Border Crossing Facility

Recognized Federal Heritage Building

Stanhope, Quebec
South-west elevation of the Border Crossing Facility, showing its sleek and bold International Style design and modern materials which dominate the highway and the agrarian landscape at the border, 1989. (© Canada Revenue Agency / Agence du revenu du Canada, 1989.)
Façade
(© Canada Revenue Agency / Agence du revenu du Canada, 1989.)
Address : Route 147, Stanhope, Quebec

Recognition Statute: Treasury Board Policy on Management of Real Property
Designation Date: 1991-12-23
Dates:
  • 1954 to 1955 (Construction)

Event, Person, Organization:
  • J.F. DeBelleval  (Architect)
Other Name(s):
  • Customs Building  (Other Name)
Custodian: Canada Customs and Revenue Agency
FHBRO Report Reference: 91-095
DFRP Number: 06337 00

Description of Historic Place

The Border Crossing Facility, also known as the Customs Building, is located at the Canadian border along Highway 147 in Stanhope, Québec. The sleek, geometrical International Style design of the building consists of a two-storey, flat-roofed structure composed of horizontal and vertical forms. A variety of window openings, asymmetrically placed to correspond to interior functions, contribute to a streamlined appearance, as do the smooth, granite clad surface planes that define the building’s facades. The designation is confined to the footprint of the building.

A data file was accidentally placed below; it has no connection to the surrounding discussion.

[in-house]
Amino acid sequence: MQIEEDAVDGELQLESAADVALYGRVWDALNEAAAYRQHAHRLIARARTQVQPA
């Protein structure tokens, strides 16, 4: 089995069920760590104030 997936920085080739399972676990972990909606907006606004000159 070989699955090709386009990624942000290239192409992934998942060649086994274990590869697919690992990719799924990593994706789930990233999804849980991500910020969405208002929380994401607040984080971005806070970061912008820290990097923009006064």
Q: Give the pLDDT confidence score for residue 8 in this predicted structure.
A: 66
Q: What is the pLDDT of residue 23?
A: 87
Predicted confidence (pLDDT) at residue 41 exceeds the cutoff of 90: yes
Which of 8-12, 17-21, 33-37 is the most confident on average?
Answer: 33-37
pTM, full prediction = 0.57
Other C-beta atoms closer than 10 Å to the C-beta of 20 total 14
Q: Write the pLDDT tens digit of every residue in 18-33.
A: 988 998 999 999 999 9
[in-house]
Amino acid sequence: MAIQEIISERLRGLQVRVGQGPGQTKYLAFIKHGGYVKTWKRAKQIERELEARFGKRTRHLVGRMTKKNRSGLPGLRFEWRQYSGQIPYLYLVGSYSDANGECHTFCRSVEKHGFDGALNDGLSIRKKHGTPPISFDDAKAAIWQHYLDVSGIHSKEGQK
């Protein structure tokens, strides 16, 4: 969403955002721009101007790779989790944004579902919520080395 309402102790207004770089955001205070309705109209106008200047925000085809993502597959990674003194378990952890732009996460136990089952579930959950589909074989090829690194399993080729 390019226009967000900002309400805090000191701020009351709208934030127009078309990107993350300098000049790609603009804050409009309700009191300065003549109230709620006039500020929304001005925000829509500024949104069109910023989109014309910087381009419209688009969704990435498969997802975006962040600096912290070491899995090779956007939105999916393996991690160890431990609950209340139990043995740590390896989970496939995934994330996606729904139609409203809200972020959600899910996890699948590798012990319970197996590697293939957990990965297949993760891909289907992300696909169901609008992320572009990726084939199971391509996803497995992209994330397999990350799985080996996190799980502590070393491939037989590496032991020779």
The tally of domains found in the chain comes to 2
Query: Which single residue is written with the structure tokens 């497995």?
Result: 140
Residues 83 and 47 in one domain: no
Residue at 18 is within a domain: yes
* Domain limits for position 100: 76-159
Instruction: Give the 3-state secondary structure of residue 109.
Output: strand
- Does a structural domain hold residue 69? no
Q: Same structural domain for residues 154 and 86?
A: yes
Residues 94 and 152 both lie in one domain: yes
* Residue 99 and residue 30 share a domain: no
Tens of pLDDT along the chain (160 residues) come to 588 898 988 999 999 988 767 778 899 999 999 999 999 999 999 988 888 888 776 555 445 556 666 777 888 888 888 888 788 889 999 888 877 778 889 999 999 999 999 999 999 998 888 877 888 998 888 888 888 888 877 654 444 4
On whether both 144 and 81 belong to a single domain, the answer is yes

Heritage Value

The Border Crossing Facility is a Recognized Federal Heritage Building because of its historical associations, and its architectural and environmental values.

Historical Value
The Border Crossing Facility is associated with the establishment of a federal presence along the Canadian Border.

Architectural Value
The Border Crossing Facility is of value for its very good aesthetic design executed in the International Style. A handsome and progressive example of post-war architecture, its functionally-oriented design features strong, geometric forms which reflect the various functions of bus terminal, warehouse and customs office. The building’s well-proportioned elevations employ a simple palette of high quality construction materials such as granite, glass and aluminum.

Environmental Value
The Border Crossing Facility reinforces the present character and federal presence at its cross-border setting. The building is a landmark for cross-border traffic along Highway 147.

Sources: Customs Building, Stanhope, Québec, Federal Heritage Buildings Review Office, Building Report, 91-095; Customs Building, Stanhope, Québec, Heritage Character Statement, 91-095.

Character-Defining Elements

The following character-defining elements of the Border Crossing Facility should be respected.